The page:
Friday, March 03, 2006

What changes a language...

We have recently discussed (here) the changes taking place in American English, primarily in pronunciation. Whereas those changes can be strictly and scientifically studied, the reasons for such changes are much harder to comprehend. There are hypotheses however, and what follows comes again from linguist professor Labov.
In The New Yorker Labov contends that the people he calls “extreme speakers”—those who have the greatest linguistic influence on others—tend to be visible local people: “politicians, Realtors, bank clerks.
It also seems that slang plays a much more minor role than one may tend to believe.
Slang is just the paint on the hood of the car,” Labov said.
Then he takes the example of
Brooklynese, the American English spoken in Brooklyn. Its three most prominent are :
  • the raised “a” in words like “past” (peahst),
  • the “aw” sound in words like “coffee” (cawfee),
  • and, of course, the dropped “r” in words like “water” (watta).

What is fascinating is the social value attached to certain pronunciation which explains some of the changes. According to Labov, the city’s dropped “r” has its origins in posh British speech, when it sounded classy to speak with a British accent.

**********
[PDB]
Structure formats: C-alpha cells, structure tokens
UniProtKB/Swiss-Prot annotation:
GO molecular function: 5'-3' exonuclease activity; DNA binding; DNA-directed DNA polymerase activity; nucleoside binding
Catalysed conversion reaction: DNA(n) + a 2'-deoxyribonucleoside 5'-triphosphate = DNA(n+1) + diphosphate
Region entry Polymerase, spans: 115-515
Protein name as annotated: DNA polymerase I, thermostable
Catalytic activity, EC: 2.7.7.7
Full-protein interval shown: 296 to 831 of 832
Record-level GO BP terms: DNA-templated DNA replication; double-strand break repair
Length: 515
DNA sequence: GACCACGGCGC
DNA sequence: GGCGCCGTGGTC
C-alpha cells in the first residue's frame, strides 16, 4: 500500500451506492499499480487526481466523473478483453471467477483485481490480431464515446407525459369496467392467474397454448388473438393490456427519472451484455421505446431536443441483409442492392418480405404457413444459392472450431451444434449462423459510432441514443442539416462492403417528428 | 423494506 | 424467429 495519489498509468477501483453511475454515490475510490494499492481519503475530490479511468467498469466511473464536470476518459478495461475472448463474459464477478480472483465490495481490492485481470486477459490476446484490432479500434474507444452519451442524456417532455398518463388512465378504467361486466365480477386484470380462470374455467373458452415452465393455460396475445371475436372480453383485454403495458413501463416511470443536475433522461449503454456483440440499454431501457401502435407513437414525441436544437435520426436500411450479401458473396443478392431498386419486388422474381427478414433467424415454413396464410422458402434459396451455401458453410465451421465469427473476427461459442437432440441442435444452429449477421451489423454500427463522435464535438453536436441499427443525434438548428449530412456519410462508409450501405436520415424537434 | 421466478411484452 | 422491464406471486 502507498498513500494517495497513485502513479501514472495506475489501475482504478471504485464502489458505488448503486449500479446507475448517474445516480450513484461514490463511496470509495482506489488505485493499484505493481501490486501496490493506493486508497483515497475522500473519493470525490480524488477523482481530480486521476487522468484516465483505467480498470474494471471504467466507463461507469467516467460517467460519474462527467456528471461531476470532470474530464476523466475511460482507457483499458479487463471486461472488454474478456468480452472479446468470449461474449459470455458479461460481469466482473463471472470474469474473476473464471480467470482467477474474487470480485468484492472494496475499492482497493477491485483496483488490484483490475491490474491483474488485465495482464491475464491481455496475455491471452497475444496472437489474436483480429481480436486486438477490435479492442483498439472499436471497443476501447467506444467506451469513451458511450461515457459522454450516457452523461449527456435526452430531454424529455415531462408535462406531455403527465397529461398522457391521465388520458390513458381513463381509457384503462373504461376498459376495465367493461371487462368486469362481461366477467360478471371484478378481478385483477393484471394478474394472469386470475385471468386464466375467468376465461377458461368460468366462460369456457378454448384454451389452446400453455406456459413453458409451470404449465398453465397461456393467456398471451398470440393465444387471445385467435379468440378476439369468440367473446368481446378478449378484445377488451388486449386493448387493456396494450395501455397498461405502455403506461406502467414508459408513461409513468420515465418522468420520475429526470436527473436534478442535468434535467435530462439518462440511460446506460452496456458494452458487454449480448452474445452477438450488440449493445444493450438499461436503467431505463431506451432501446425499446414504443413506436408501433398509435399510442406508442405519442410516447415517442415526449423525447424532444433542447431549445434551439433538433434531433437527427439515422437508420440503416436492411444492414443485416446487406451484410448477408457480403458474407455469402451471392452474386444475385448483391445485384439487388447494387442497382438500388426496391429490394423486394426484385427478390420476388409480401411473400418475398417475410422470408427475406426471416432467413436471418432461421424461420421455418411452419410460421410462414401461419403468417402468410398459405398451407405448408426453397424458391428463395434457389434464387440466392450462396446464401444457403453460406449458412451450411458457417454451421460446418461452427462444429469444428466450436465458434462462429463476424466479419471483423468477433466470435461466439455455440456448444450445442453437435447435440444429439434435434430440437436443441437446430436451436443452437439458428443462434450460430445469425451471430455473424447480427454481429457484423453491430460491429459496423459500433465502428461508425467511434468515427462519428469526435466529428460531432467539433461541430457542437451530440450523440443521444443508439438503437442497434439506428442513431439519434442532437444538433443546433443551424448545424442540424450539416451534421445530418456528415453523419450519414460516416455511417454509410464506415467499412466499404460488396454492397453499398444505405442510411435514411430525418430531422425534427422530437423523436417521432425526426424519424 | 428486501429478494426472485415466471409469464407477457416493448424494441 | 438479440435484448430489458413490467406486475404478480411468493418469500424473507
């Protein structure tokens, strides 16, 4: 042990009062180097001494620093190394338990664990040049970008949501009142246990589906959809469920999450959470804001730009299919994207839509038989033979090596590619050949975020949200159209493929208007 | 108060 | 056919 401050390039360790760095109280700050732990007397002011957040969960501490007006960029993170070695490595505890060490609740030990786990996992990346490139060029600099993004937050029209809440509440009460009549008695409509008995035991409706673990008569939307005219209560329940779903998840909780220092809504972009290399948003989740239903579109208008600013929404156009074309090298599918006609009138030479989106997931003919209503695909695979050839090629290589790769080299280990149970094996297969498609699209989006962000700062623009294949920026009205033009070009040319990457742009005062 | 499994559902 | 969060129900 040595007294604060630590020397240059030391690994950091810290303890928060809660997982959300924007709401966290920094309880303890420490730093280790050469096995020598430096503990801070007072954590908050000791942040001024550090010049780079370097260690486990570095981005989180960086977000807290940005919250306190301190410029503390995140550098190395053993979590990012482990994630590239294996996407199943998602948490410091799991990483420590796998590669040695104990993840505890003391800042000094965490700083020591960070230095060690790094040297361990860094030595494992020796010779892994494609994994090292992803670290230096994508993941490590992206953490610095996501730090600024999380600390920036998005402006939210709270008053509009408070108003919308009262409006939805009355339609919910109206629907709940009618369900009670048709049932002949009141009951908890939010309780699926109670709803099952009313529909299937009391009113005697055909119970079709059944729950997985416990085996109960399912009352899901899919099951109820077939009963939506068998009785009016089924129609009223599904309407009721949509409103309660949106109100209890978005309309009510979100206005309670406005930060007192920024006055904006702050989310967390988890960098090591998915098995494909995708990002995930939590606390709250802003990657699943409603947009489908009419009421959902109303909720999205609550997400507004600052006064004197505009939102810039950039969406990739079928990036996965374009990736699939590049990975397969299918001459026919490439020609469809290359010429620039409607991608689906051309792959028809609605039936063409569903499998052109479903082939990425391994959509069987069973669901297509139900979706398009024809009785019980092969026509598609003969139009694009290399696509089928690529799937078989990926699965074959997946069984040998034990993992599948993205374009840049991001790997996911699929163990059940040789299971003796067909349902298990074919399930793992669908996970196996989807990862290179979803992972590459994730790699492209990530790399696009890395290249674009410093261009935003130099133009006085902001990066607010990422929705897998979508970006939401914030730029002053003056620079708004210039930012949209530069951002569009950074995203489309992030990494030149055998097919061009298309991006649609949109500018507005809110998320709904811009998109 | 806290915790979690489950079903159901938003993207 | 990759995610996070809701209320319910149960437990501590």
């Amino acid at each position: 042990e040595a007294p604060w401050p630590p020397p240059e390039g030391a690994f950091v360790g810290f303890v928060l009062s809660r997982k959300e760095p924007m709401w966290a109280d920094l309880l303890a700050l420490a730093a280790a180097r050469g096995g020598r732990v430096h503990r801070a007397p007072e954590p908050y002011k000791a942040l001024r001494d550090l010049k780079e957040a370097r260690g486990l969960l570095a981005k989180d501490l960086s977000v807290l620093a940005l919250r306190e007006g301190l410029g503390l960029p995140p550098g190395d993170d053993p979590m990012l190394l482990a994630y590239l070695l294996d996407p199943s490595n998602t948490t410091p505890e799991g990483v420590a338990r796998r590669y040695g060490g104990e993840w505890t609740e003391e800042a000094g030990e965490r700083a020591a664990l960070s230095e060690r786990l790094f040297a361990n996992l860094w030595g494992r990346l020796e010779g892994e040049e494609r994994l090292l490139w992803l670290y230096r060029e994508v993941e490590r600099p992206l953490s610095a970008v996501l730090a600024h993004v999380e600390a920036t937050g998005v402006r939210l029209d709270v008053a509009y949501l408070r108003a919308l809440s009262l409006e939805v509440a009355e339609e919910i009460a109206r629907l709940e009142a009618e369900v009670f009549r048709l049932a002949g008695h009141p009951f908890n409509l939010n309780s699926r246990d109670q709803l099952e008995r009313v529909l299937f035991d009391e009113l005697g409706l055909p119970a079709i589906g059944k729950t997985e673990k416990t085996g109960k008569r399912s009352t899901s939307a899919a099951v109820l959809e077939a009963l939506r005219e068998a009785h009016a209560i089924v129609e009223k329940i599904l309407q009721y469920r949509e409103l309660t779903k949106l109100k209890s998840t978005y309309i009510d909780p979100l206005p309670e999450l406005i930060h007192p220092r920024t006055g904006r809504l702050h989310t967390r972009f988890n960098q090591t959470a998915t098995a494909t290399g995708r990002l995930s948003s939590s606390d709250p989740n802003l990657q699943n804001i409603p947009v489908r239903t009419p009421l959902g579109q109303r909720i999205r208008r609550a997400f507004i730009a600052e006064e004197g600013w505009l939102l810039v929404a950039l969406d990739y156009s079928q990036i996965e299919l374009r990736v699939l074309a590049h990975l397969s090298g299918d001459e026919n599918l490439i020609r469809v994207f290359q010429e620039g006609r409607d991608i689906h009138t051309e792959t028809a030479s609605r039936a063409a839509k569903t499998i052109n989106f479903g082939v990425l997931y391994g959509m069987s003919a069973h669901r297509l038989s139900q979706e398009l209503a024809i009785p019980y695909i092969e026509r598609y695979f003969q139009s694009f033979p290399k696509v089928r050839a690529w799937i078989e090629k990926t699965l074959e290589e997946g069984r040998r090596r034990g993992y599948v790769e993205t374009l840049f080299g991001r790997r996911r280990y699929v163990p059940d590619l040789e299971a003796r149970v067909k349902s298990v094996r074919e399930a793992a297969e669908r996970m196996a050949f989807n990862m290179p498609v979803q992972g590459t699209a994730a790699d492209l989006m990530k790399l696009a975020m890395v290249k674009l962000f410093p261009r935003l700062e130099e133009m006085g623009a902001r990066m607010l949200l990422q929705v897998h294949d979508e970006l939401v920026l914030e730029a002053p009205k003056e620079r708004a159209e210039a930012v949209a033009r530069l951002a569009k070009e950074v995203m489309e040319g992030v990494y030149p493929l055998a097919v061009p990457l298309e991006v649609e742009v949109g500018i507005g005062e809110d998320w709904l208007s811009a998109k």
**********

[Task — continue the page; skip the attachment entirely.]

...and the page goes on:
That's probably why F.D.R. dropped his “r”s (Ex.: “The only thing we have to feah is feah itself”) and Katharine Hepburn dropped hers (“My, she was yah”). It just sounded more upper class.

What is even more fascinating is that a great change in pronunciation took place right after WWII with the loss of Britain’s imperial status. Labov claims that “r”-less British speech ceased to be regarded as “prestige speech” and the dropping of “r”s became exclusively working class.
Here’s a funny illustration:

Before the war,” Labov said, “the judges in the gangster pictures dropped their ‘r’s, but after the war only the hoodlums did it.
Ralph Kramden (the Honeymooners, a 1950s television sticom), Archie Bunker (from the 1970s-80s sitcom All in the family) , and Tony Soprano (from the current HBO series The Sopranos) all speak Brooklynese, and the dialect immediately evokes their regular-guy milieu.

See it didn't take long... or much - just the fall of an Empire!


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